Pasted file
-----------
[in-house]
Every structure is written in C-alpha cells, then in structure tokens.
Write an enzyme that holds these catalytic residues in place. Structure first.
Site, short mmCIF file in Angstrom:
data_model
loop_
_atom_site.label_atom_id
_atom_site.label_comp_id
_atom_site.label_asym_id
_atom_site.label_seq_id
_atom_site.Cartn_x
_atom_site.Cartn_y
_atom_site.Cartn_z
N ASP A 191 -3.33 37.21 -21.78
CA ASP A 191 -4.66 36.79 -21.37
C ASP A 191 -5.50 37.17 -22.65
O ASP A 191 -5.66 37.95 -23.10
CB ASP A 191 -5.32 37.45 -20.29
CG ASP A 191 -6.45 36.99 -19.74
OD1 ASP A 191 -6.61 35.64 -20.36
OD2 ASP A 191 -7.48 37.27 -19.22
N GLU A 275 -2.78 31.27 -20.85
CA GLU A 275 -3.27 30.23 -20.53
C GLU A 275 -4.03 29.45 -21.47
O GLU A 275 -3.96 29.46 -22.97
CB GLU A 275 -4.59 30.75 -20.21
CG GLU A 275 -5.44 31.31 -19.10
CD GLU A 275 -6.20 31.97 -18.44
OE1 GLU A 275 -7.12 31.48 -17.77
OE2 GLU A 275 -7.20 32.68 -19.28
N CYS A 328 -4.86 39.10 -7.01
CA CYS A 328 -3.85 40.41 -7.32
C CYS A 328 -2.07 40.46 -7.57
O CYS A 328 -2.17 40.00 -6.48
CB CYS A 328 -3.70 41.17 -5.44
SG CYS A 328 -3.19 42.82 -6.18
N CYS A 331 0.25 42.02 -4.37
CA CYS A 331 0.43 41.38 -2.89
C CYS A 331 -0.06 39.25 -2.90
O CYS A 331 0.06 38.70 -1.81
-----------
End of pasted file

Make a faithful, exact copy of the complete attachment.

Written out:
[in-house]
Every structure is written in C-alpha cells, then in structure tokens.
Write an enzyme that holds these catalytic residues in place. Structure first.
Site, short mmCIF file in Angstrom:
data_model
loop_
_atom_site.label_atom_id
_atom_site.label_comp_id
_atom_site.label_asym_id
_atom_site.label_seq_id
_atom_site.Cartn_x
_atom_site.Cartn_y
_atom_site.Cartn_z
N ASP A 191 -3.33 37.21 -21.78
CA ASP A 191 -4.66 36.79 -21.37
C ASP A 191 -5.50 37.17 -22.65
O ASP A 191 -5.66 37.95 -23.10
CB ASP A 191 -5.32 37.45 -20.29
CG ASP A 191 -6.45 36.99 -19.74
OD1 ASP A 191 -6.61 35.64 -20.36
OD2 ASP A 191 -7.48 37.27 -19.22
N GLU A 275 -2.78 31.27 -20.85
CA GLU A 275 -3.27 30.23 -20.53
C GLU A 275 -4.03 29.45 -21.47
O GLU A 275 -3.96 29.46 -22.97
CB GLU A 275 -4.59 30.75 -20.21
CG GLU A 275 -5.44 31.31 -19.10
CD GLU A 275 -6.20 31.97 -18.44
OE1 GLU A 275 -7.12 31.48 -17.77
OE2 GLU A 275 -7.20 32.68 -19.28
N CYS A 328 -4.86 39.10 -7.01
CA CYS A 328 -3.85 40.41 -7.32
C CYS A 328 -2.07 40.46 -7.57
O CYS A 328 -2.17 40.00 -6.48
CB CYS A 328 -3.70 41.17 -5.44
SG CYS A 328 -3.19 42.82 -6.18
N CYS A 331 0.25 42.02 -4.37
CA CYS A 331 0.43 41.38 -2.89
C CYS A 331 -0.06 39.25 -2.90
O CYS A 331 0.06 38.70 -1.81